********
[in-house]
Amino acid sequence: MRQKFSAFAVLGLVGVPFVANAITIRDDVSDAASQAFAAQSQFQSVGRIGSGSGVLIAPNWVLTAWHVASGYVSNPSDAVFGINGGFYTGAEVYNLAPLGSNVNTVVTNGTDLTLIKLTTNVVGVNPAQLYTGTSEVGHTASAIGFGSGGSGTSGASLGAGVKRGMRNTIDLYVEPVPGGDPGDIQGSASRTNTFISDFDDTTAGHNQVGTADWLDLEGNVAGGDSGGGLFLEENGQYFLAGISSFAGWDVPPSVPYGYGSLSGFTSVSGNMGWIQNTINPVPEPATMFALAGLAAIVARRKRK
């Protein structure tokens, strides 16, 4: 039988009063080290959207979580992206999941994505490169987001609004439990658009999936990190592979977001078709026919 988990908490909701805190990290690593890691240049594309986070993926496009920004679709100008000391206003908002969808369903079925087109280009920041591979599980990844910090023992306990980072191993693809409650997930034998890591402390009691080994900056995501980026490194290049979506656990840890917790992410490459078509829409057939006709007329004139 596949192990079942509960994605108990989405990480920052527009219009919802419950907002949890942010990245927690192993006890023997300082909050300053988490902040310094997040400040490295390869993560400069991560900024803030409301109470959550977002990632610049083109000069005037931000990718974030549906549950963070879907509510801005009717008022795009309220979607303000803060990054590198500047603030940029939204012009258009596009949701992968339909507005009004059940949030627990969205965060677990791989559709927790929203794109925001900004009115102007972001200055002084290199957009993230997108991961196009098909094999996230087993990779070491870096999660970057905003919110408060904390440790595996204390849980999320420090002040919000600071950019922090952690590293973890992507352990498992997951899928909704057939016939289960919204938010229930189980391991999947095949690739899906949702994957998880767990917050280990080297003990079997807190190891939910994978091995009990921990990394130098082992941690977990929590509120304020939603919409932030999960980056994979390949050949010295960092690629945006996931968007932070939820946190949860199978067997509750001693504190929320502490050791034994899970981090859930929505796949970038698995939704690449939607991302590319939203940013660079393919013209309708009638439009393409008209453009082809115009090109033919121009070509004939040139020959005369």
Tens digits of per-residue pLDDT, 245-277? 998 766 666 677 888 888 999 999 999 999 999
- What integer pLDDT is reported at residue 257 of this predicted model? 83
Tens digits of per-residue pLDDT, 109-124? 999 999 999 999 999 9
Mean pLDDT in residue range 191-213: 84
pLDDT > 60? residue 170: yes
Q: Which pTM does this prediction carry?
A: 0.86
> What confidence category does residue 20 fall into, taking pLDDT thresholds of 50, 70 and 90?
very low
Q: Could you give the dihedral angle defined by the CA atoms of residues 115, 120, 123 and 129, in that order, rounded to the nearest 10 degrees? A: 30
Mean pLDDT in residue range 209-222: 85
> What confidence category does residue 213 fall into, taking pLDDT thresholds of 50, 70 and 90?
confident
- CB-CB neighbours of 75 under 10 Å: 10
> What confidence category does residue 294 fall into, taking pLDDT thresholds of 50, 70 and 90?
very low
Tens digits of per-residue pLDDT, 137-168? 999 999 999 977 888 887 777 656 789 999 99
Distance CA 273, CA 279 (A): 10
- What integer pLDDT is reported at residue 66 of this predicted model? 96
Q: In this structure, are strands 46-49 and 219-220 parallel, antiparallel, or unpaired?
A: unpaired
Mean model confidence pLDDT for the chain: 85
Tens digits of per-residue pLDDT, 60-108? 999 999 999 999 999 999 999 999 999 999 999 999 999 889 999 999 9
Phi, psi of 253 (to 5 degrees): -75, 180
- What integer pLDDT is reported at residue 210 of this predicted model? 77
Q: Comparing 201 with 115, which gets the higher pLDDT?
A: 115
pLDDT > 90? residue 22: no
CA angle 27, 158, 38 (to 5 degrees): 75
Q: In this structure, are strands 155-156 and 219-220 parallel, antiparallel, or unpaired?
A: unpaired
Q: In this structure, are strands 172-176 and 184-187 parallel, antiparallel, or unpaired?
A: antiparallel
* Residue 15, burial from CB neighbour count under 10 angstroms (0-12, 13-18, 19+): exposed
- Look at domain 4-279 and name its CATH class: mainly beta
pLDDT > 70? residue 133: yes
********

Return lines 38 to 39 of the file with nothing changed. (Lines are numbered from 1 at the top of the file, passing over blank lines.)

- Look at domain 4-279 and name its CATH class: mainly beta
pLDDT > 70? residue 133: yes